Price $50 to $140 per sq. ft.

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Paperstone

Paperstone 100% post-consumer recycled paper that has been saturated with PetroFree™ phenolic resins and selected natural pigments.

Best for its warm look and feel. If scratched it can be lightly sanded like wood. Can be sealed and refreshed with a light application of natural sealer. Great eco-friendly choice.

But it can scratch and get rings. And it is expensive.

Price $85 to $95 per sq. ft.

5 Reasons for Hiring an Interior Designer To Help with Your Renovation

Interior Design Plans

Number 1:

A professional Interior Designer is experienced and will save you time and money by avoiding costly mistakes.

Number 2:

They know what to expect during the renovation and design process so they can help you organize and plan the process.

Number 3:

They will coach you along the way and help guide you through the many decisions you will be making.

Number 4:

An Interior Designer will keep you on schedule which keeps cost down.

Number 5:

And finally they have contacts and references that can help you get the job done by responsible, trained pros.

inspiring design + renovation

If you are just joining us, welcome to inspiring design + renovation.

Within these blogs, I hope you will find inspiration for your home and office. The subjects are varied and random, however the intention focuses on helping you create a home that is both beautiful and supportive to you and your family. Please let me know if you are in search of any particular design solutions as this is also meant to develop into a dialog. Happy designing.

Surviving A Kitchen Remodel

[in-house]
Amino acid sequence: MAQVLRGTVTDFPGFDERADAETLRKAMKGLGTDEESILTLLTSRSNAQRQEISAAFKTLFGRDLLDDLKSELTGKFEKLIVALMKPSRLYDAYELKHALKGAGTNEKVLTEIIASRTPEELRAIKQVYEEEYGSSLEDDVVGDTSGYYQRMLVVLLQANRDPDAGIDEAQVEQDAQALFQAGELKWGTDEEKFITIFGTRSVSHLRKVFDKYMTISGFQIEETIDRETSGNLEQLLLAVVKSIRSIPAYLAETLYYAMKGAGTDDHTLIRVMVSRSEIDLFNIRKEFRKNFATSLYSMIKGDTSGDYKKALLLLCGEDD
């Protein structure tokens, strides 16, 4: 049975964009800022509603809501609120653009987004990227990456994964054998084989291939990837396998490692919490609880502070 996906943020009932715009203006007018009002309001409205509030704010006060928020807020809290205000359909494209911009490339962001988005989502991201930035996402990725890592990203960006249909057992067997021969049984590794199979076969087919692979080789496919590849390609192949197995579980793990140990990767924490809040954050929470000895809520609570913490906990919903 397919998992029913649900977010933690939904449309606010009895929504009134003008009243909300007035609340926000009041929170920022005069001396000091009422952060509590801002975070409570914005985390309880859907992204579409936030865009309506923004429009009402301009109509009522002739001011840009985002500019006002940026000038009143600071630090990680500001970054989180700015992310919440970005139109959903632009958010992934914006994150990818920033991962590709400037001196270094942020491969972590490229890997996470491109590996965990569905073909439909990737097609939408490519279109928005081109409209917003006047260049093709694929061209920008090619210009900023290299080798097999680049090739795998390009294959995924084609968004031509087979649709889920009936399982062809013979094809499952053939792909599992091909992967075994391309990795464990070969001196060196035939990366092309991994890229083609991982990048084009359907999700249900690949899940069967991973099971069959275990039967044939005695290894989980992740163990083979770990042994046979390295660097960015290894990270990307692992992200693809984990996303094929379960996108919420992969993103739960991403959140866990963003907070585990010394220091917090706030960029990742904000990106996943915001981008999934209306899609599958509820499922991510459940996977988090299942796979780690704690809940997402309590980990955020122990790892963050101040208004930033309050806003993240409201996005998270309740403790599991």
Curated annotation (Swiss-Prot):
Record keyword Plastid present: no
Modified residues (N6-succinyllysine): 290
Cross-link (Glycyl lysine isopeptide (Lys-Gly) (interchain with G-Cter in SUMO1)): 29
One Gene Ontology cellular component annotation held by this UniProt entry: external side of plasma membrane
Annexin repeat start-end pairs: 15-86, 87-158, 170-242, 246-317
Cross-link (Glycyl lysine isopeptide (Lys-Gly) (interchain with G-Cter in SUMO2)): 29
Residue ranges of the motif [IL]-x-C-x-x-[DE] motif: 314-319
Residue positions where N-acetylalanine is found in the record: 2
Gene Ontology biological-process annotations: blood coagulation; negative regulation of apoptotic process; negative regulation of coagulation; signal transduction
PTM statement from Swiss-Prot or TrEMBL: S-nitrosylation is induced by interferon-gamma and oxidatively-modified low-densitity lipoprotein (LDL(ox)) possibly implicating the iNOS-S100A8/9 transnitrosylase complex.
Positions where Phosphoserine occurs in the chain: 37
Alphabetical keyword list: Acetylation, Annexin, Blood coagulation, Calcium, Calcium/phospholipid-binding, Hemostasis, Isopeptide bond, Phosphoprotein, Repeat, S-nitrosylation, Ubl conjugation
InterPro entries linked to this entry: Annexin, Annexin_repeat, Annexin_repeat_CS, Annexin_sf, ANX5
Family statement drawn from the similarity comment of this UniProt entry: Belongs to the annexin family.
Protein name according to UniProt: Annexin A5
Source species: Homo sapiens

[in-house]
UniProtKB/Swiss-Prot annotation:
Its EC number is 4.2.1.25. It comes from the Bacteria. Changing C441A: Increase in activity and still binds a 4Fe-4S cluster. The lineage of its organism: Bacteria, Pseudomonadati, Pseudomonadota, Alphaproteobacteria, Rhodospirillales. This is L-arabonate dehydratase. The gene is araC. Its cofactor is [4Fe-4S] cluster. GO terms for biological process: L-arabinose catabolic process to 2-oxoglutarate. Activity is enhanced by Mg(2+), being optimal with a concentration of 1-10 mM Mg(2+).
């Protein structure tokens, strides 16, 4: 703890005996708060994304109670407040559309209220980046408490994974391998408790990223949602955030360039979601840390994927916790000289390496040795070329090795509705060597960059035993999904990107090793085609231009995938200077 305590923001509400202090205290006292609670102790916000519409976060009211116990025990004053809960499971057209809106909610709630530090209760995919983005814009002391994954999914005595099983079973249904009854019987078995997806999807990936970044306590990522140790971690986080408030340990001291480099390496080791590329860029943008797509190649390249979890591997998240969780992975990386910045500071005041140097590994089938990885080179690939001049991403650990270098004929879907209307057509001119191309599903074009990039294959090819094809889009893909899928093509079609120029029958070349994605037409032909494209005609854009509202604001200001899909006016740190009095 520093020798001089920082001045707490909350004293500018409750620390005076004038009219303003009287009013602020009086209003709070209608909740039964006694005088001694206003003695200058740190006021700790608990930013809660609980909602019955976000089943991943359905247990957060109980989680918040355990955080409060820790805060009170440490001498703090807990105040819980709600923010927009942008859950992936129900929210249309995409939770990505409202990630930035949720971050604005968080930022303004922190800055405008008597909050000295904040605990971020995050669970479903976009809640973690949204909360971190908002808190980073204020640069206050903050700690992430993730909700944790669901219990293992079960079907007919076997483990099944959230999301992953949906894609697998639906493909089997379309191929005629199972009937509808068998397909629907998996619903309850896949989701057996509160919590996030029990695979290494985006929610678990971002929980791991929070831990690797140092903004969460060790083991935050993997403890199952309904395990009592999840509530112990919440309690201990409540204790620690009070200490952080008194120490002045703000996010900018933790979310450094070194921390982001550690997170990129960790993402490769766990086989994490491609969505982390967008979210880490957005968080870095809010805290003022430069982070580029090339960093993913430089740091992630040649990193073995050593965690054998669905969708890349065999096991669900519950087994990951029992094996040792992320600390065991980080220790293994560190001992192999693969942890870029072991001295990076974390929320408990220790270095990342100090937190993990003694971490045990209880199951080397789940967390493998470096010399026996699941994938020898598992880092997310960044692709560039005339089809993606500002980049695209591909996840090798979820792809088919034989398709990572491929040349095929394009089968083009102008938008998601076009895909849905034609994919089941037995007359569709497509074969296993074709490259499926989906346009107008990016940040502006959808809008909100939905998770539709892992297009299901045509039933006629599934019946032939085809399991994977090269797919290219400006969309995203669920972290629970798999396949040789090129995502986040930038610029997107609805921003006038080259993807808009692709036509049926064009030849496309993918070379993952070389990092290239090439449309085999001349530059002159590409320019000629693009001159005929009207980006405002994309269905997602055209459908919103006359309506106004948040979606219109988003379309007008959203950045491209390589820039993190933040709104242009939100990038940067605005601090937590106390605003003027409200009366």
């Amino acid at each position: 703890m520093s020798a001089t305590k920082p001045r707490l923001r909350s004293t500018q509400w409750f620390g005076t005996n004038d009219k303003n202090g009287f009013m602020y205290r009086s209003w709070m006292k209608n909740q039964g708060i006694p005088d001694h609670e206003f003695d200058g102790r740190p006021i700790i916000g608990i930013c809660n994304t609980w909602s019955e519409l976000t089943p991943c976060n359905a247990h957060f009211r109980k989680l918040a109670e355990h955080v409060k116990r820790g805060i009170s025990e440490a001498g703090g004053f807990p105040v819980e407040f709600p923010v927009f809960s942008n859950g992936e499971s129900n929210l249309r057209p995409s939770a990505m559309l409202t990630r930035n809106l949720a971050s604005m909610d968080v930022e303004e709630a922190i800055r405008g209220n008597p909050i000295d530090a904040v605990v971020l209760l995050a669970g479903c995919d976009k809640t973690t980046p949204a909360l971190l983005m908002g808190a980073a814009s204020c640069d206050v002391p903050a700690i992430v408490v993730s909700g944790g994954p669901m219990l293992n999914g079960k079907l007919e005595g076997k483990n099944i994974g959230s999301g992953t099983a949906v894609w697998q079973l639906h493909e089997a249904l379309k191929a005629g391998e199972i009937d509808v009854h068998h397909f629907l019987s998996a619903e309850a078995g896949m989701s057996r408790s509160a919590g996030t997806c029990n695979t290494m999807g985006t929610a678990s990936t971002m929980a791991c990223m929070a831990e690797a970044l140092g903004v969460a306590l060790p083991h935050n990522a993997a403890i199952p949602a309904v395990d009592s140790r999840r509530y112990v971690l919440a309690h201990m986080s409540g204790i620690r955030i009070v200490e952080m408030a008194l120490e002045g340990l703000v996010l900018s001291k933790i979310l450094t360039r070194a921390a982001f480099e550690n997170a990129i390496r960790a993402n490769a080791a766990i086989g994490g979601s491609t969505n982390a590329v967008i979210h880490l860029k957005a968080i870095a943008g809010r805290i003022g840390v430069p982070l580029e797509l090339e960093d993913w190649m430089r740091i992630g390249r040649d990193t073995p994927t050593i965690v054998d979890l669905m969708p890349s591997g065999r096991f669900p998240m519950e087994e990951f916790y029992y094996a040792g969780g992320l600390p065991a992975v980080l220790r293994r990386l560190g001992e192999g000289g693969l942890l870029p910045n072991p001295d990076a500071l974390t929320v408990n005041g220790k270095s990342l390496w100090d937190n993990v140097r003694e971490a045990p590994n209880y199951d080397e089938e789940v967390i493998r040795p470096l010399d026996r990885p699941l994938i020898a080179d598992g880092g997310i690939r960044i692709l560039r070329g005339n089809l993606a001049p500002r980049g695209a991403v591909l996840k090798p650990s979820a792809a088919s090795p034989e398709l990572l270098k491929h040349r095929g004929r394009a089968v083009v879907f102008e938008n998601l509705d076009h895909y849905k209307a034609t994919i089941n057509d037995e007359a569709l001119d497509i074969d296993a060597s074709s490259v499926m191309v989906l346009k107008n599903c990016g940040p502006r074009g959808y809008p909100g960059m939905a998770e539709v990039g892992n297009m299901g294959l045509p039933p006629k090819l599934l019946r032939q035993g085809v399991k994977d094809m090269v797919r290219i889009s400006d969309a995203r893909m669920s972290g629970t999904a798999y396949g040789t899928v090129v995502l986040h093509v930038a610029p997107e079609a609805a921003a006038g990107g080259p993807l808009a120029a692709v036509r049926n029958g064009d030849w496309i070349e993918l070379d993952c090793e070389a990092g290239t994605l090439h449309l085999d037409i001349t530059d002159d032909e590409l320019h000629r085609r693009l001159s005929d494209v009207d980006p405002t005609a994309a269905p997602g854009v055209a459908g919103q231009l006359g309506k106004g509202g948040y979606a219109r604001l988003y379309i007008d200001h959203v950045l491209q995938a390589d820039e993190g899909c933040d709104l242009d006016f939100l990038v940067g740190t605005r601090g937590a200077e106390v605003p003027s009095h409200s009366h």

With economic times as they are, many of my clients have decided to fore go the expense of moving or building a new home. Instead they have decided to renovate their existing homes.

One of the best ways to get good return on your renovation investment is to update your kitchen. This can be an overwhelming project but with a few preparations and a good design strategy, you can withstand the ups and downs of having your kitchen torn apart and put back together again. Here are a few tips for surviving a kitchen remodel. Hope they help. Perhaps you have some you would like to post to this list. (Source: Kitchens.com)

  • Keep essential items handy: microwave meals and non-perishables like soup; condiments; cereal; microwave-safe dishes and utensils; dishcloths; dishwasher soap; paper plates and cups; coffee; coffee pot and sugar/creamer; paper towels; napkins; and garbage bags.
  • You’ll be without water in the kitchen for a time, so plan to do the dishes in another sink or the bathtub. Or stock up on eco friendly disposable plates and cups, paper towels. Be sure to have some disinfectant cleanse handy.
  • Move your old refrigerator or a small mini-fridge to a convenient space close to a water source. Add a table with a microwave above and a trash can below.

Obviously, small appliances such as microwaves, toasters or toaster ovens, hot plates, and small electric grills will be immensely helpful in preparing home-cooked meals. Just remember, the area where you set up your temporary kitchen might not be able to support multiple appliances running at the same time, not to mention any other electronic items typically used in that room. You might need to have only one thing plugged in at a time to prevent blown fuses.

For Interior Design services check out www.LouStewart.com